Sunday, May 30, 2010

June is full of special events

June 6 - Youth Group leads worship! Yeah!
Summer Sunday School starts. The art project is going to be a mosaic mural!
(I love summer sunday school!)
June 13 - The big Malawi send off for J and K with Melissa R. at Philo
June 20 - Honoring Men of the Church Day and Deacon's Diaper Day for Crisis Nursery
June 27 - Baptism for Anna K. Yeah! (Maybe new member's day, too? That would be nice!)
Sean and Caleb leave for mission trip to Mt. Vernon.

June is coming!

May is almost done. Sean has graduated. Caleb just has two finals to take before he is out for the summer. I've posted 3 out of 5 sermons for May. One of the missing ones was the fair trade/mission message I took to Paxton. I can't remember the other. So it is a good bet that no one else can either. I'm trying my best to preach without checking the manuscript, which is going pretty well, I think.
Today I asked for input on topics or issues that people would like to probe more deeply. Every thing they asked will get me in trouble. Great. But it's good to know what folks think is interesting.
Tomorrow I have a busy day: I'm going to meet MR about the commissioning service for Jeri and Kirk. Then I have the memorial day thing at Locust Grove. Then cookout at AJ and J's.
Caleb is going to spend tonight and tomorrow with his dad.
That's about it. Good bye spring, Hello Summer!

Trinity Sunday - The Way of Truth

Trinity Sunday/Memorial Day
John 16:12-15
One thing I am pretty strict with myself about is when I step in the pulpit on Sunday morning, I preach the Bible. It always starts with scripture, and is an attempt to help us reflect on the meaning of the scripture for our lives. There’s only one exception to that rule and that comes on this Sunday - Trinity Sunday.
“Trinity” is not something we read out of the Bible. it is something we read into the Bible. Jesus didn’t ever use the word Trinity.
The scripture this morning is just one of those places where Jesus comes close: He talks about himself, and God the Father, and someone he calls the “paraclete” - which we call the Holy Spirit. Jesus used the term paraclete interchangable with “Spirit of Truth.” There are five "Paraclete"/"Spirit of truth" sayings in John. All of these are part of Jesus' Farewell Discourse. Ours from chapter 16 is the last.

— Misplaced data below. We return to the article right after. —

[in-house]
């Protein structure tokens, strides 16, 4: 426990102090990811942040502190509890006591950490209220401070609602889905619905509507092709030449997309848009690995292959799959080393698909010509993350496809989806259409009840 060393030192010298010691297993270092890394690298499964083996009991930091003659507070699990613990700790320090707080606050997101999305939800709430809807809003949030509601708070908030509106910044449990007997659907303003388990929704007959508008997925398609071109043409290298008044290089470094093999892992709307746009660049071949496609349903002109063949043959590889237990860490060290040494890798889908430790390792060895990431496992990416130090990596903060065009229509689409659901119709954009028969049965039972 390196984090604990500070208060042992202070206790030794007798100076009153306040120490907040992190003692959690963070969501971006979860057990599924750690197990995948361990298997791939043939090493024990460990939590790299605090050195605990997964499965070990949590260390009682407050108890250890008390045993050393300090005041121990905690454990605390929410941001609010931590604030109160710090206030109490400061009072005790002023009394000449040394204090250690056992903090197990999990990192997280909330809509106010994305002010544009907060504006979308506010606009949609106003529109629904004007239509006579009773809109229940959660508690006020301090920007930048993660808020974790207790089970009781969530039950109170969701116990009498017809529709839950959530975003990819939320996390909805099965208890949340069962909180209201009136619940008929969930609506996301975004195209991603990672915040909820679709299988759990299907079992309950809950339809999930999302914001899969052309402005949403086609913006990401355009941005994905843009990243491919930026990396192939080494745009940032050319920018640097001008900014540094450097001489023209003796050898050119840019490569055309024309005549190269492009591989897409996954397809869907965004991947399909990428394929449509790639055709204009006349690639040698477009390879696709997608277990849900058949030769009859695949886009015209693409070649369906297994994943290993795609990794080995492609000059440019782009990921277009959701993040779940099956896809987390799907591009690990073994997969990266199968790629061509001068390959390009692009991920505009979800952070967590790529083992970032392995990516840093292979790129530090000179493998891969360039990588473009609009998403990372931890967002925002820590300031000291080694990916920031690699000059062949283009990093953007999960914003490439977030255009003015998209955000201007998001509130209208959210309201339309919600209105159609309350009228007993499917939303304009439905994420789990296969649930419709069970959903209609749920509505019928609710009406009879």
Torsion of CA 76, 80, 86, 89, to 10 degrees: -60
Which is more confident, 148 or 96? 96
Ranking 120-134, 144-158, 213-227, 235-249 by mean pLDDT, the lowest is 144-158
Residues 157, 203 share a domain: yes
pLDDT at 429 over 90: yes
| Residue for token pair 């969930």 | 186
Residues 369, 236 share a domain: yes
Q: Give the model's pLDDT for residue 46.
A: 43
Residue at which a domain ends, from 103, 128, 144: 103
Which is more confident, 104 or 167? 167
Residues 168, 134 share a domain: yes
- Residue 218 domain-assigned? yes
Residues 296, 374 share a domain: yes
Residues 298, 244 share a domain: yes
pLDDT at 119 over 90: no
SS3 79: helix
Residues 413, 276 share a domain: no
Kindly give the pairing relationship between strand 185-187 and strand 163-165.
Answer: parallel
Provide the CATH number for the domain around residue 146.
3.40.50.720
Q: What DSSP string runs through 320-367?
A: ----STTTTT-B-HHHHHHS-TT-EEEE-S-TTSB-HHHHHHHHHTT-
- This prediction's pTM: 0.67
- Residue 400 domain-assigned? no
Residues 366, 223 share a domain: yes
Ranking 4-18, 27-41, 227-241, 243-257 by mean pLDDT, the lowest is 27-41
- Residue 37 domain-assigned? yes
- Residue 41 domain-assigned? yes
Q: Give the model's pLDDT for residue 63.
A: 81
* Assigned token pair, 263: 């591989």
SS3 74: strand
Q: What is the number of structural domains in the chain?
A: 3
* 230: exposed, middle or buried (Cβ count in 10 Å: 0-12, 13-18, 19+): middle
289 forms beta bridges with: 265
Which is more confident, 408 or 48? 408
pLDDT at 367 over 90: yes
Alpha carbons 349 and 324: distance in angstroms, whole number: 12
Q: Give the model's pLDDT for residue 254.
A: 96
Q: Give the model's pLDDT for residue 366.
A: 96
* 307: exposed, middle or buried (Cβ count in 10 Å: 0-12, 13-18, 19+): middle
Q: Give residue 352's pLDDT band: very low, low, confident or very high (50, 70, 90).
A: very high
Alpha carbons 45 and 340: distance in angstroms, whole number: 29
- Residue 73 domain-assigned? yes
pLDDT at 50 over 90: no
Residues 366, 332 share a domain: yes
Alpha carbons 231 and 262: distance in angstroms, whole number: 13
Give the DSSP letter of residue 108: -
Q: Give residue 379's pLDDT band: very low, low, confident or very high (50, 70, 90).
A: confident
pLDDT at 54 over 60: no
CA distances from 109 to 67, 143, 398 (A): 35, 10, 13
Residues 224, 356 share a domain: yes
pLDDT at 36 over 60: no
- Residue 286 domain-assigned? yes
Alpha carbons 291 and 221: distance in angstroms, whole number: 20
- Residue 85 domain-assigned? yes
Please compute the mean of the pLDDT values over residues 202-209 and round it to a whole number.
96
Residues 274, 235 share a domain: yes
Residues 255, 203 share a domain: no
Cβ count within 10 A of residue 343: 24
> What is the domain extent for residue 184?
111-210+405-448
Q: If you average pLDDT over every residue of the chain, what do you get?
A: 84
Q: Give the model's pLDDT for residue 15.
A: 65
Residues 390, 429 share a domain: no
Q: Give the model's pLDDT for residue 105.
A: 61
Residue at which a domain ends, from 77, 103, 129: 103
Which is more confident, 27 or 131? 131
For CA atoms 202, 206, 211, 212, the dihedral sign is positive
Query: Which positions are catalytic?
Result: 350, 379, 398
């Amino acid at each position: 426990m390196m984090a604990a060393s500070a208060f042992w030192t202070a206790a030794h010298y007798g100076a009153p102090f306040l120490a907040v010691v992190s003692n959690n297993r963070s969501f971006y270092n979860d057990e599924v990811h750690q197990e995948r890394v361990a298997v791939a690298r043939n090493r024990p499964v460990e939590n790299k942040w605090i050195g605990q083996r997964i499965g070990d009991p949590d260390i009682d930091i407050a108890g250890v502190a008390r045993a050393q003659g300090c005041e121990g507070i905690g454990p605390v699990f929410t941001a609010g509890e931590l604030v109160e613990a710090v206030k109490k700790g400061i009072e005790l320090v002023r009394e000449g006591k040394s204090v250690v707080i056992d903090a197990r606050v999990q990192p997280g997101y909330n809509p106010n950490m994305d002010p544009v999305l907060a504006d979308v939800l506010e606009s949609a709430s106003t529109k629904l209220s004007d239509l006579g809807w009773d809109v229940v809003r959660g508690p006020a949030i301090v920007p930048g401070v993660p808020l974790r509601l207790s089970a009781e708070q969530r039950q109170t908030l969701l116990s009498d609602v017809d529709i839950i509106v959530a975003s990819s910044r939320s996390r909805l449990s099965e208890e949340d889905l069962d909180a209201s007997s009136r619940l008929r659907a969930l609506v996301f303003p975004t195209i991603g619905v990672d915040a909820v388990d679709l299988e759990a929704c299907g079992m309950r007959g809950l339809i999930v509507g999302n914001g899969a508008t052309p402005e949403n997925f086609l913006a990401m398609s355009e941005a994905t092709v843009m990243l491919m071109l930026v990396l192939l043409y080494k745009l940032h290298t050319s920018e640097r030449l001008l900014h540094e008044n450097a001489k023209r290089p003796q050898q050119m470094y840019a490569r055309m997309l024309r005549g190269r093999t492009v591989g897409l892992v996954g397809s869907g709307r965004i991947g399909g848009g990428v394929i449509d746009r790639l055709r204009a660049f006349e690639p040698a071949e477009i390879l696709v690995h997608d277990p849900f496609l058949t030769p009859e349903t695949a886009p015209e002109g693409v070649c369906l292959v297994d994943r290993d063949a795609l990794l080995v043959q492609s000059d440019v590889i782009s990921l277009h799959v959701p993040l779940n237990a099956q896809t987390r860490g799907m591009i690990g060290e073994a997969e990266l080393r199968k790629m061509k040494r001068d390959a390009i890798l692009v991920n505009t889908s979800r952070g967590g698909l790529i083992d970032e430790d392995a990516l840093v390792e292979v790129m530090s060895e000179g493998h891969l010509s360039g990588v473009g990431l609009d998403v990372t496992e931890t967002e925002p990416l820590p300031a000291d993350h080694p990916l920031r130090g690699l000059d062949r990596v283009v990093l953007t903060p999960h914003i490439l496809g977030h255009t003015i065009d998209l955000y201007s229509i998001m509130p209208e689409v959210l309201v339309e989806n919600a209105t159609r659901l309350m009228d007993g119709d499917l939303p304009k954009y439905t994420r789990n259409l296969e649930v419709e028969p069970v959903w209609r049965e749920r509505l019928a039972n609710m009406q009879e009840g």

The role of the "Paraclete" is to guide us into all truth (16:12-15)

The word for "guide" is hodegeo, a compound word from hodos = way, road; and ago = to lead. So literally it means "lead in the way." To say that the Paraclete will guide the disciples into all the truth is to say that in the future the Paraclete will lead the community into the life-giving revelation of God in Jesus. [p. 773]
And, in the early church, the Trinity became part of that way of truth. This is so, even though the work is not in any of the Gospels, or the Epistles of Paul, or the the Pastoral Letters, or even that crazy book of Revelations. You’d think, as much as the author of Revelations like using symbolic numbers, he would have latched on to the Trinity. But he didn’t.
So where did the idea come from? It, like most doctrines, came out of the experience of the early followers of Christ. They were on fire with passion for sharing their faith, and they wanted to express it clearly. They asked, “How can we make clear our experiences of God the Creator and God the Son and God the Holy Spirit?”
Frederick Houk Borsch was dean of the chapel and taught religion at Princeton. - He arrived just as I was leaving, in 1981. He puts it really well:
There are probably a number of people who imagine that the idea of the Trinity was thought up by ivory-tower theologians who, typically, were making things more complicated than they needed to be and were obscuring the simple faith of regular believers. In fact, it seems that the process worked pretty much the other way around. Practicing believers and worshipers were driven by their experiences of God's activity to the awareness that God related in several different ways to the creation. ... Thus what these believers came to insist upon was that God had to be recognized as being in different forms of relationship with the creation, in ways at least like different persons, and that all these ways were divine, that is, were of God. Yet there could not be three gods. God, to be the biblical God and the only God of all, had to be one God. This complex and profound faith was then handed over for the theologians to try and make more intelligible. They have been trying ever since.
They have been trying, but not necessarily succeeding. Every book about the Trinity ends up saying, this is not a problem to be solved, but a mystery to be explored. Reading and writing long books, thinking about things that have no answers, may seem like a waste of time to some of us.
Henri Nouwen, who WAS at Princeton while I was there, he was the speaker at my class’s commencement ceremony, Henri Nouwen talks about "a docta ignorantia, a learned ignorance" [in Reaching Out]:
We all want to be educated so that we can be in control of the situation and make things work according to our own need. But education to ministry is an education not to master God but to be mastered by God. [p. 74]
At our graduation, he told us a story that makes more sense to me now than it did then: